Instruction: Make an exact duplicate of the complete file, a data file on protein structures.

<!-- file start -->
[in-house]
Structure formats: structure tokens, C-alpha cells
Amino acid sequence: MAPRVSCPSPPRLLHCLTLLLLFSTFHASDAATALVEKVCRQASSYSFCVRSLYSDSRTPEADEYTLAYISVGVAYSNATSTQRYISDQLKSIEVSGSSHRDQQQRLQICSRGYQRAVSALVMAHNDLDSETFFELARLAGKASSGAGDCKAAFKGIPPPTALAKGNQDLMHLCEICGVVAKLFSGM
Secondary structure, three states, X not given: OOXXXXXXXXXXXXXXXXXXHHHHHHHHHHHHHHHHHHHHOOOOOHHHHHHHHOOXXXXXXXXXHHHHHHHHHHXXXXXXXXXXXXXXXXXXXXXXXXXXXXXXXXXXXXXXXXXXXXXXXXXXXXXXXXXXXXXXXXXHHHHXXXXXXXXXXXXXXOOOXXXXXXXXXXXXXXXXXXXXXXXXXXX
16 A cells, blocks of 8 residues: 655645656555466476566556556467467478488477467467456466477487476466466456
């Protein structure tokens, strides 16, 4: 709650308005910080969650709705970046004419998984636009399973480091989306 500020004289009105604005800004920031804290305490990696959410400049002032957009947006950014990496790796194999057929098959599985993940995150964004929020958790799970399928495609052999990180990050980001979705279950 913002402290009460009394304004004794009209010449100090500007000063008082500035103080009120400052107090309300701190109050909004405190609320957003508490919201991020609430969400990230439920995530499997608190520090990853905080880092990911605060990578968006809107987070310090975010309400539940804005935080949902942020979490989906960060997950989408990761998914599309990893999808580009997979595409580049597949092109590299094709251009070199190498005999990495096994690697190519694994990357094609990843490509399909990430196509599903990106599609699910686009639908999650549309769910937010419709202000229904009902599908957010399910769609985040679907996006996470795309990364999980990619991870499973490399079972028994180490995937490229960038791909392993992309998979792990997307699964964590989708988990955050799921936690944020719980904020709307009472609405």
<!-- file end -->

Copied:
[in-house]
Structure formats: structure tokens, C-alpha cells
Amino acid sequence: MAPRVSCPSPPRLLHCLTLLLLFSTFHASDAATALVEKVCRQASSYSFCVRSLYSDSRTPEADEYTLAYISVGVAYSNATSTQRYISDQLKSIEVSGSSHRDQQQRLQICSRGYQRAVSALVMAHNDLDSETFFELARLAGKASSGAGDCKAAFKGIPPPTALAKGNQDLMHLCEICGVVAKLFSGM
Secondary structure, three states, X not given: OOXXXXXXXXXXXXXXXXXXHHHHHHHHHHHHHHHHHHHHOOOOOHHHHHHHHOOXXXXXXXXXHHHHHHHHHHXXXXXXXXXXXXXXXXXXXXXXXXXXXXXXXXXXXXXXXXXXXXXXXXXXXXXXXXXXXXXXXXXHHHHXXXXXXXXXXXXXXOOOXXXXXXXXXXXXXXXXXXXXXXXXXXX
16 A cells, blocks of 8 residues: 655645656555466476566556556467467478488477467467456466477487476466466456
């Protein structure tokens, strides 16, 4: 709650308005910080969650709705970046004419998984636009399973480091989306 500020004289009105604005800004920031804290305490990696959410400049002032957009947006950014990496790796194999057929098959599985993940995150964004929020958790799970399928495609052999990180990050980001979705279950 913002402290009460009394304004004794009209010449100090500007000063008082500035103080009120400052107090309300701190109050909004405190609320957003508490919201991020609430969400990230439920995530499997608190520090990853905080880092990911605060990578968006809107987070310090975010309400539940804005935080949902942020979490989906960060997950989408990761998914599309990893999808580009997979595409580049597949092109590299094709251009070199190498005999990495096994690697190519694994990357094609990843490509399909990430196509599903990106599609699910686009639908999650549309769910937010419709202000229904009902599908957010399910769609985040679907996006996470795309990364999980990619991870499973490399079972028994180490995937490229960038791909392993992309998979792990997307699964964590989708988990955050799921936690944020719980904020709307009472609405």